Scots left their country by the thousands to travel to Australia and North America. Desperate for freedom and an opportunity to fend for themselves, many paid huge fees and suffered under terrible conditions on long voyages. Still, for those who made the trip, freedom and opportunity awaited. In North America, many fought their old English oppressors in the American War of Independence. In recent years, Scottish heritage has been an increasingly important topic, as Clan societies and other organizations have renewed people's interest in their history. An examination of passenger and immigration lists shows many early settlers bearing the name of Guthry:

Guthry Settlers in United States in the 19th Century

  • John Guthry, who landed in New York, NY in 1812 [2]CITATION[CLOSE]
    Filby, P. William, Meyer, Mary K., Passenger and immigration lists index : a guide to published arrival records of about 500,000 passengers who came to the United States and Canada in the seventeenth, eighteenth, and nineteenth centuries. 1982-1985 Cumulated Supplements in Four Volumes Detroit, Mich. : Gale Research Co., 1985, Print (ISBN 0-8103-1795-8)

Guthry Settlers in Canada in the 19th Century

  • Richard Guthry, aged 24, a labourer, who arrived in Saint John, New Brunswick in 1834 aboard the schooner "Jane" from Galway, Ireland

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Motto


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Motto



The motto was originally a war cry or slogan. Mottoes first began to be shown with arms in the 14th and 15th centuries, but were not in general use until the 17th century. Thus the oldest coats of arms generally do not include a motto. Mottoes seldom form part of the grant of arms: Under most heraldic authorities, a motto is an optional component of the coat of arms, and can be added to or changed at will; many families have chosen not to display a motto.

Motto: Sto pro veritate
Motto Translation: I stand for the truth


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Guthry Family Crest Products


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Guthry Family Crest Products




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See Also


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See Also




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Citations


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Citations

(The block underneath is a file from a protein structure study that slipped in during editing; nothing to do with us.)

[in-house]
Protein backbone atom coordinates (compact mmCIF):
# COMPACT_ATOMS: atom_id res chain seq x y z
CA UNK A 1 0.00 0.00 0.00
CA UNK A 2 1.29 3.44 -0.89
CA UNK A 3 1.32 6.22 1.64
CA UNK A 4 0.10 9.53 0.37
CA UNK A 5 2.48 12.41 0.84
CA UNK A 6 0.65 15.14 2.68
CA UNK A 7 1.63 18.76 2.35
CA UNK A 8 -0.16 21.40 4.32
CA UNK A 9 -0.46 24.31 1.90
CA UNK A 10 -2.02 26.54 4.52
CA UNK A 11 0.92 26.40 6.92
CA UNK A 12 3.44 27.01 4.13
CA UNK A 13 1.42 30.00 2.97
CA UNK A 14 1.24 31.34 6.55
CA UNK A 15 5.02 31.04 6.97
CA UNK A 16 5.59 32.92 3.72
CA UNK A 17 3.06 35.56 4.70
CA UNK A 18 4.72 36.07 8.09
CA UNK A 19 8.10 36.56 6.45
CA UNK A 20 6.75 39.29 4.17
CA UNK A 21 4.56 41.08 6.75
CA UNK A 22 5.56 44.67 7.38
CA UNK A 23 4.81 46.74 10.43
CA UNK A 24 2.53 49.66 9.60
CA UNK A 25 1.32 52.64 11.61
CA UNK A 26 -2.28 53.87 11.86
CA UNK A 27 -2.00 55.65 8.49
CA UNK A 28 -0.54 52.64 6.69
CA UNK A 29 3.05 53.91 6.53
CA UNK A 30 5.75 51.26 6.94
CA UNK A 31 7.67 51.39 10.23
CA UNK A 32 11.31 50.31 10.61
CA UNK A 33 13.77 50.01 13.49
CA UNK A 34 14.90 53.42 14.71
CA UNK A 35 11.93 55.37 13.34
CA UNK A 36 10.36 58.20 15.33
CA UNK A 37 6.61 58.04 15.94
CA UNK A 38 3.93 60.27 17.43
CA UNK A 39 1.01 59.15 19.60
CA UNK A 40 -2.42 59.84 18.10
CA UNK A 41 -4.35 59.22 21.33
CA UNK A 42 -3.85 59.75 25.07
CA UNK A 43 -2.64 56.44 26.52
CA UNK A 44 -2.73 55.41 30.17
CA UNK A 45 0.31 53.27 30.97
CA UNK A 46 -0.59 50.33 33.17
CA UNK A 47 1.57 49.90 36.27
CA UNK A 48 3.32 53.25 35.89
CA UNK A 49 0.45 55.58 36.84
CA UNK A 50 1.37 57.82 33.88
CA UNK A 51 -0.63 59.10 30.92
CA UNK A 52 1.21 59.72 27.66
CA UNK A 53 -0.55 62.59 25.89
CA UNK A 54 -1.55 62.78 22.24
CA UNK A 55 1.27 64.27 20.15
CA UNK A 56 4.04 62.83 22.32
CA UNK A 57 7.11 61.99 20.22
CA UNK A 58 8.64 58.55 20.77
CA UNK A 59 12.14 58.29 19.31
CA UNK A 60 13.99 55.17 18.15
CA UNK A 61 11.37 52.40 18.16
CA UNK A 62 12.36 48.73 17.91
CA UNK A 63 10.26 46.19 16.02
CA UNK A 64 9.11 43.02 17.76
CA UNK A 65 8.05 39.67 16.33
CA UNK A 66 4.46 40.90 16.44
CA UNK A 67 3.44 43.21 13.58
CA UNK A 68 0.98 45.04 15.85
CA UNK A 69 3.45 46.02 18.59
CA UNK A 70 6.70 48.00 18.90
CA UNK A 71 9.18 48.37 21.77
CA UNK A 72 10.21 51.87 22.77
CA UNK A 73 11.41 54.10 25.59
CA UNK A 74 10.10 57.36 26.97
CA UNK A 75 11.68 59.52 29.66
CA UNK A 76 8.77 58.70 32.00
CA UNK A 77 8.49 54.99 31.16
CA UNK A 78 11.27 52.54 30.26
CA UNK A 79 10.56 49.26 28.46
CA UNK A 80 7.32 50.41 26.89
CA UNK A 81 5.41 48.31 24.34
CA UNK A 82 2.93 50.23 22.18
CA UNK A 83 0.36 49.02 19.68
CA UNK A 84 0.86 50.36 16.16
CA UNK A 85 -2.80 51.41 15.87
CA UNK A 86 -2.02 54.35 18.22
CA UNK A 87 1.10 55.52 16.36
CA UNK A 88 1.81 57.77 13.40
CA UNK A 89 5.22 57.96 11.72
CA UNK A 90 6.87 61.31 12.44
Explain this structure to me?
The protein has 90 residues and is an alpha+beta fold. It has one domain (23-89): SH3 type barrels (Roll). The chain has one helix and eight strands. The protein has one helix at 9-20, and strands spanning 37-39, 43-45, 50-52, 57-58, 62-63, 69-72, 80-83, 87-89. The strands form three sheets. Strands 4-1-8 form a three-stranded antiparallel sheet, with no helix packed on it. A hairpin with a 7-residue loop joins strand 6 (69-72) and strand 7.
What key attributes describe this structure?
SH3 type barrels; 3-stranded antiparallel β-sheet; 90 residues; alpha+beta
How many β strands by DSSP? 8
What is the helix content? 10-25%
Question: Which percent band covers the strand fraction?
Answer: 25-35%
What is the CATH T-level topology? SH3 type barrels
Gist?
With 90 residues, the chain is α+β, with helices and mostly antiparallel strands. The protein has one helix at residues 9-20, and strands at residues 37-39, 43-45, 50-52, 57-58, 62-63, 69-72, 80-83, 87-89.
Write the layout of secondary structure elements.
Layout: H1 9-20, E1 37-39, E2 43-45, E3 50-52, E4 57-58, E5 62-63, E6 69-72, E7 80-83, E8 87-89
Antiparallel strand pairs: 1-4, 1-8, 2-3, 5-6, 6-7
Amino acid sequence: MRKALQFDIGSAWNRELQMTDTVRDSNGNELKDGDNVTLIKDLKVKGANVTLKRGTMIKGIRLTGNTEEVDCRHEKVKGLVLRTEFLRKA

1. ^ Lewis, Samuel, A Topographical Dictionary of Scotland. Institute of Historical Research, 1848, Print.
  2. ^ Filby, P. William, Meyer, Mary K., Passenger and immigration lists index : a guide to published arrival records of about 500,000 passengers who came to the United States and Canada in the seventeenth, eighteenth, and nineteenth centuries. 1982-1985 Cumulated Supplements in Four Volumes Detroit, Mich. : Gale Research Co., 1985, Print (ISBN 0-8103-1795-8)

Other References

  1. Leeson, Francis L. Dictionary of British Peerages. Baltimore: Genealogical Publishing, 1986. Print. (ISBN 0-8063-1121-5).
  2. Martine, Roddy, Roderick Martine and Don Pottinger. Scottish Clan and Family Names Their Arms, Origins and Tartans. Edinburgh: Mainstream, 1992. Print.
  3. Burke, Sir Bernard. Genealogical and Heraldic History of the Peerage and Baronetage, The Privy Council, Knightage and Compainonage. London: Burke Publishing, 1921. Print.
  4. Matthews, John. Matthews' American Armoury and Blue Book. London: John Matthews, 1911. Print.
  5. Dorward, David. Scottish Surnames. Glasgow: Harper Collins, 1995. Print.
  6. Burke, Sir Bernard. Genealogical and Heraldic History of the Landed Gentry Including American Families with British Ancestry 2 Volumes. London: Burke Publishing, 1939. Print.
  7. Colletta, John P. They Came In Ships. Salt Lake City: Ancestry, 1993. Print.
  8. Skene, William Forbes Edition. Chronicles of the Picts, Chronicles of the Scots and Other Early Memorials of Scottish History. Edinburgh: H.M. General Register House, 1867. Print.
  9. Moncrieffe, Sir Ian of That Ilk and Don Pottinger. Clan Map Scotland of Old. Edinburgh: Bartholomew and Son, 1983. Print.
  10. Leyburn, James Graham. The Scotch-Irish A Social History. Chapel Hill: UNC Press, 1962. Print. (ISBN 0807842591).
  11. ...

The Guthry Family Crest was acquired from the Houseofnames.com archives. The Guthry Family Crest was drawn according to heraldic standards based on published blazons. We generally include the oldest published family crest once associated with each surname.

This page was last modified on 21 August 2017 at 16:18.